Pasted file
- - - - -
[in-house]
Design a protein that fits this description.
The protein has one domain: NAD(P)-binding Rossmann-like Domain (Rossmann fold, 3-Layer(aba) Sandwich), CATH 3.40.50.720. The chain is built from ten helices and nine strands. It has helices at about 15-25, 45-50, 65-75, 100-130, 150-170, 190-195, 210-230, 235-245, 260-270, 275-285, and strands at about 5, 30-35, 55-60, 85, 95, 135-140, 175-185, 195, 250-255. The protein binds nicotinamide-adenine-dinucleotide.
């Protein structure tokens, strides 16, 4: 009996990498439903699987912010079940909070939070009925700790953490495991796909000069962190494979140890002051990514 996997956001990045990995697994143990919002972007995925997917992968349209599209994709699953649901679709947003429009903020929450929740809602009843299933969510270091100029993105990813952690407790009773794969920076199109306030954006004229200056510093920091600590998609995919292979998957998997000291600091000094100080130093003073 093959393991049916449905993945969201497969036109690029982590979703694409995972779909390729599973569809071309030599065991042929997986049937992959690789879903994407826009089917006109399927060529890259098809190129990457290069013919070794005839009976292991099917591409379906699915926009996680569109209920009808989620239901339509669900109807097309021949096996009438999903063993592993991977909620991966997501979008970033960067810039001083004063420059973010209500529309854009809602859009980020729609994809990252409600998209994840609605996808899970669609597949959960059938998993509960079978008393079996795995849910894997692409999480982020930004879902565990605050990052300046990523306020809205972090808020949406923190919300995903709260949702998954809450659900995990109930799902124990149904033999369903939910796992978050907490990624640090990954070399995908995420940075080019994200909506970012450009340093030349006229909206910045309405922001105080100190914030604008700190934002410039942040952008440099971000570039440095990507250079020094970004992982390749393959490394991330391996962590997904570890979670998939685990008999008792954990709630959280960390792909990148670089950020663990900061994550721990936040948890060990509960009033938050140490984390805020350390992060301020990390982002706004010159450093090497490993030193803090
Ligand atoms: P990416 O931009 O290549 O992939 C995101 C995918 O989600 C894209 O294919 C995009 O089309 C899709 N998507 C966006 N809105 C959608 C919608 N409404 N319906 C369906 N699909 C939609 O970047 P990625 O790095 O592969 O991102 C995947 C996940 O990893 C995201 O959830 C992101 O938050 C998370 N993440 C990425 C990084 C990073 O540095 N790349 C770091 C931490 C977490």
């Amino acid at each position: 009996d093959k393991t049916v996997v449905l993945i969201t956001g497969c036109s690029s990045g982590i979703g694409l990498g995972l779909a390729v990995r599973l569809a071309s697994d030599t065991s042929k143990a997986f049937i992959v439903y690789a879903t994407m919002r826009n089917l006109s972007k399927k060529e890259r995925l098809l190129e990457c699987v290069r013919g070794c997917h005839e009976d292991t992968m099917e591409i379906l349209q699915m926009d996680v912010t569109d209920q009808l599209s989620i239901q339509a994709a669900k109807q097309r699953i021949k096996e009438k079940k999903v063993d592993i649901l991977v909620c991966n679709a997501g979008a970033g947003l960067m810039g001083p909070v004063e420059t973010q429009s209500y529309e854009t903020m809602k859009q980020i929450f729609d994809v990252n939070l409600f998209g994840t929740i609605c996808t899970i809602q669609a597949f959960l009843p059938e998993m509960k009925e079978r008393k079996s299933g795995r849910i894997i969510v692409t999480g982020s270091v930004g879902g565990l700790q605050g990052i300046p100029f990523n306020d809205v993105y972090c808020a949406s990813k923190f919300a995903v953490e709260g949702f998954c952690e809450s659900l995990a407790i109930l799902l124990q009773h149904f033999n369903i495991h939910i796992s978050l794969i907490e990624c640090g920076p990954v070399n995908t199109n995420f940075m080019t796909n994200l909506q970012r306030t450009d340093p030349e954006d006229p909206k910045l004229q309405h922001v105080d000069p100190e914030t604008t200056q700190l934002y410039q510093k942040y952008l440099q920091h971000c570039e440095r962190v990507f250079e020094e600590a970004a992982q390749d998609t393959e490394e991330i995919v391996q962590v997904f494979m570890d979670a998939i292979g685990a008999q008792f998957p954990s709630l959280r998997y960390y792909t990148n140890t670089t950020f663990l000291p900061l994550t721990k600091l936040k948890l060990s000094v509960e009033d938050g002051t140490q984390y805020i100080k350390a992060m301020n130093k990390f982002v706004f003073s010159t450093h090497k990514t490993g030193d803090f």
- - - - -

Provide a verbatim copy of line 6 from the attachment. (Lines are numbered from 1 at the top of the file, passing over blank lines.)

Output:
């Amino acid at each position: 009996d093959k393991t049916v996997v449905l993945i969201t956001g497969c036109s690029s990045g982590i979703g694409l990498g995972l779909a390729v990995r599973l569809a071309s697994d030599t065991s042929k143990a997986f049937i992959v439903y690789a879903t994407m919002r826009n089917l006109s972007k399927k060529e890259r995925l098809l190129e990457c699987v290069r013919g070794c997917h005839e009976d292991t992968m099917e591409i379906l349209q699915m926009d996680v912010t569109d209920q009808l599209s989620i239901q339509a994709a669900k109807q097309r699953i021949k096996e009438k079940k999903v063993d592993i649901l991977v909620c991966n679709a997501g979008a970033g947003l960067m810039g001083p909070v004063e420059t973010q429009s209500y529309e854009t903020m809602k859009q980020i929450f729609d994809v990252n939070l409600f998209g994840t929740i609605c996808t899970i809602q669609a597949f959960l009843p059938e998993m509960k009925e079978r008393k079996s299933g795995r849910i894997i969510v692409t999480g982020s270091v930004g879902g565990l700790q605050g990052i300046p100029f990523n306020d809205v993105y972090c808020a949406s990813k923190f919300a995903v953490e709260g949702f998954c952690e809450s659900l995990a407790i109930l799902l124990q009773h149904f033999n369903i495991h939910i796992s978050l794969i907490e990624c640090g920076p990954v070399n995908t199109n995420f940075m080019t796909n994200l909506q970012r306030t450009d340093p030349e954006d006229p909206k910045l004229q309405h922001v105080d000069p100190e914030t604008t200056q700190l934002y410039q510093k942040y952008l440099q920091h971000c570039e440095r962190v990507f250079e020094e600590a970004a992982q390749d998609t393959e490394e991330i995919v391996q962590v997904f494979m570890d979670a998939i292979g685990a008999q008792f998957p954990s709630l959280r998997y960390y792909t990148n140890t670089t950020f663990l000291p900061l994550t721990k600091l936040k948890l060990s000094v509960e009033d938050g002051t140490q984390y805020i100080k350390a992060m301020n130093k990390f982002v706004f003073s010159t450093h090497k990514t490993g030193d803090f």